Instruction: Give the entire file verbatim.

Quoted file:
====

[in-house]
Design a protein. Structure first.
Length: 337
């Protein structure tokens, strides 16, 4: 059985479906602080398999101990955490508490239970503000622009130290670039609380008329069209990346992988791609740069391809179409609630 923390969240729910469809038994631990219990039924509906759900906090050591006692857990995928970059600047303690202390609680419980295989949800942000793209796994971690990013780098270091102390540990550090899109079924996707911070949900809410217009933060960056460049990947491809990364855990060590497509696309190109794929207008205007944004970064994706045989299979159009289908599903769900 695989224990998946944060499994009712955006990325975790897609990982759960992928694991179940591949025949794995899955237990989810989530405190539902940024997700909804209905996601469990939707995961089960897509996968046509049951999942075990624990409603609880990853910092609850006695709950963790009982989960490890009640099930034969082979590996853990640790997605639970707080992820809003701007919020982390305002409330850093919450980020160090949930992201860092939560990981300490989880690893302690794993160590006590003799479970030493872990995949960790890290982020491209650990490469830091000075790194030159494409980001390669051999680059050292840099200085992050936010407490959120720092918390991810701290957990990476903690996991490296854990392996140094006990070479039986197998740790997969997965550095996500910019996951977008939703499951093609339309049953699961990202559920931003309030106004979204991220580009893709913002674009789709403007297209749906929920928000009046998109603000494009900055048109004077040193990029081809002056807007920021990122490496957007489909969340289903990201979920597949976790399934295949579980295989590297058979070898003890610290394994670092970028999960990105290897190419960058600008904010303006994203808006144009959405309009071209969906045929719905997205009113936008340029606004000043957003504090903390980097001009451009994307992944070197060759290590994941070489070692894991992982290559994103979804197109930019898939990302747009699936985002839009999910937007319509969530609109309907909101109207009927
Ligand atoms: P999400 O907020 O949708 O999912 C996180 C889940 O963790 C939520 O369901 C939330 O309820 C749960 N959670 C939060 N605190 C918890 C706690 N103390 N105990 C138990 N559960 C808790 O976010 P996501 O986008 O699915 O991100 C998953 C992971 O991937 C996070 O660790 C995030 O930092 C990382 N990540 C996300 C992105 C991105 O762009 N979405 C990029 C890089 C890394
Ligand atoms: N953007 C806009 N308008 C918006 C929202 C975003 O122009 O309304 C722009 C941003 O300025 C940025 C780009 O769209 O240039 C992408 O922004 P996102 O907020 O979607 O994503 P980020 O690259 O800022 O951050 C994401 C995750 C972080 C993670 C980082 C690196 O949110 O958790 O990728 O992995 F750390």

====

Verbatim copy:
[in-house]
Design a protein. Structure first.
Length: 337
């Protein structure tokens, strides 16, 4: 059985479906602080398999101990955490508490239970503000622009130290670039609380008329069209990346992988791609740069391809179409609630 923390969240729910469809038994631990219990039924509906759900906090050591006692857990995928970059600047303690202390609680419980295989949800942000793209796994971690990013780098270091102390540990550090899109079924996707911070949900809410217009933060960056460049990947491809990364855990060590497509696309190109794929207008205007944004970064994706045989299979159009289908599903769900 695989224990998946944060499994009712955006990325975790897609990982759960992928694991179940591949025949794995899955237990989810989530405190539902940024997700909804209905996601469990939707995961089960897509996968046509049951999942075990624990409603609880990853910092609850006695709950963790009982989960490890009640099930034969082979590996853990640790997605639970707080992820809003701007919020982390305002409330850093919450980020160090949930992201860092939560990981300490989880690893302690794993160590006590003799479970030493872990995949960790890290982020491209650990490469830091000075790194030159494409980001390669051999680059050292840099200085992050936010407490959120720092918390991810701290957990990476903690996991490296854990392996140094006990070479039986197998740790997969997965550095996500910019996951977008939703499951093609339309049953699961990202559920931003309030106004979204991220580009893709913002674009789709403007297209749906929920928000009046998109603000494009900055048109004077040193990029081809002056807007920021990122490496957007489909969340289903990201979920597949976790399934295949579980295989590297058979070898003890610290394994670092970028999960990105290897190419960058600008904010303006994203808006144009959405309009071209969906045929719905997205009113936008340029606004000043957003504090903390980097001009451009994307992944070197060759290590994941070489070692894991992982290559994103979804197109930019898939990302747009699936985002839009999910937007319509969530609109309907909101109207009927
Ligand atoms: P999400 O907020 O949708 O999912 C996180 C889940 O963790 C939520 O369901 C939330 O309820 C749960 N959670 C939060 N605190 C918890 C706690 N103390 N105990 C138990 N559960 C808790 O976010 P996501 O986008 O699915 O991100 C998953 C992971 O991937 C996070 O660790 C995030 O930092 C990382 N990540 C996300 C992105 C991105 O762009 N979405 C990029 C890089 C890394
Ligand atoms: N953007 C806009 N308008 C918006 C929202 C975003 O122009 O309304 C722009 C941003 O300025 C940025 C780009 O769209 O240039 C992408 O922004 P996102 O907020 O979607 O994503 P980020 O690259 O800022 O951050 C994401 C995750 C972080 C993670 C980082 C690196 O949110 O958790 O990728 O992995 F750390």